Once you know what components you find the most important, gather the compensation package details from your potential employer. For example, since health insurance plans vary by company and provider, knowing exactly what your potential employer offers can help you come to a decision more easily.

Keep in mind that just because you're offered a fringe benefit you're looking for, it doesn't mean it'll meet your standards. If you're asking about health coverage, in particular, ask for a summary of each plan to better understand the details and the costs. You can even ask for the policy documents so you can read them yourself. Doing this ensures you know what to expect once you accept the position.

3. Determine the eligibility requirements

Even if you're offered many benefits and perks, you may not get to use them right away. Some employers reserve certain perks for employees who've reached a certain tenure. For example, you may not receive medical coverage until you've been with the company for at least 90 days. Also, managers may have to approve certain perks like tuition reimbursement before you can fully take advantage of the benefit.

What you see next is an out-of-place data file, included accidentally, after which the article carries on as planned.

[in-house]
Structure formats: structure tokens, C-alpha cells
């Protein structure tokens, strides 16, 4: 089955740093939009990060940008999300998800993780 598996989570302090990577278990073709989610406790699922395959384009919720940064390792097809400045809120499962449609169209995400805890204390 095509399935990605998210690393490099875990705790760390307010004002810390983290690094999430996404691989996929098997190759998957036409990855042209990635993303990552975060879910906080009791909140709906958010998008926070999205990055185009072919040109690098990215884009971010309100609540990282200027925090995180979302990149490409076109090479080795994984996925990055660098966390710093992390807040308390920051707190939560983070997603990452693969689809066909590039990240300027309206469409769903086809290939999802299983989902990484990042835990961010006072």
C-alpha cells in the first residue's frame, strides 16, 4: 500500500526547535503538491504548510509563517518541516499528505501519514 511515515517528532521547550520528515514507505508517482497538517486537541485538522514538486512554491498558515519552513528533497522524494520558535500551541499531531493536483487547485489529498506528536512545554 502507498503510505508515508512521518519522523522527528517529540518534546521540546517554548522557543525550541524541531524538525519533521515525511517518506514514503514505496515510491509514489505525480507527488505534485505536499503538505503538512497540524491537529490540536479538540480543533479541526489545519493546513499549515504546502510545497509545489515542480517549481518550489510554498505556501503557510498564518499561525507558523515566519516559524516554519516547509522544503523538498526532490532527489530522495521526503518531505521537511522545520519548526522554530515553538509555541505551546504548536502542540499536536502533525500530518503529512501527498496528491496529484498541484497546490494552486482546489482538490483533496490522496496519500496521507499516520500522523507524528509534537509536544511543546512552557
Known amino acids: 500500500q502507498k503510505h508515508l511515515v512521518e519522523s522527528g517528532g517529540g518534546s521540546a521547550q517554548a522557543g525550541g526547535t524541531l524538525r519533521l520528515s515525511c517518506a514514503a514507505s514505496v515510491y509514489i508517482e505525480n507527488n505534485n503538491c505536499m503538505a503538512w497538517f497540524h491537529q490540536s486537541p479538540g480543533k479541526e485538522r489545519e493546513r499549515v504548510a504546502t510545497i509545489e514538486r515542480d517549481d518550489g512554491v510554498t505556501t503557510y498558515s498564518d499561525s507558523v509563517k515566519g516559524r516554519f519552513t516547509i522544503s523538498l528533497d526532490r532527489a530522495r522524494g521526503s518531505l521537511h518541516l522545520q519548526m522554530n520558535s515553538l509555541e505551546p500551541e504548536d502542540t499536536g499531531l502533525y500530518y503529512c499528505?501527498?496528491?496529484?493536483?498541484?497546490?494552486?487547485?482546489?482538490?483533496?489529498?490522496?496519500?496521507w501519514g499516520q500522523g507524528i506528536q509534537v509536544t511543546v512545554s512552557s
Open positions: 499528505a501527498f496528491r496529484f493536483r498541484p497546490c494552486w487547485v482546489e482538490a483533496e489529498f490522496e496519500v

4. Set a benchmark

To effectively evaluate a compensation package, it helps to have something to compare it to. Many job search websites and government and associate reports allow you to compare benefits data across different companies and fields. This data comes from surveys from different industries. Make sure to consider this data when evaluating a compensation package.

5. Consider asking additional questions

Before making your final decision, ask your potential employer additional questions to provide you with greater clarity. For example, ask them whether their health insurance plans have out-of-pocket costs, what career development programs you'll have access to and how often you can expect salary or performance reviews. Asking these questions can help you better understand the perks you'll receive should you accept their offer of employment.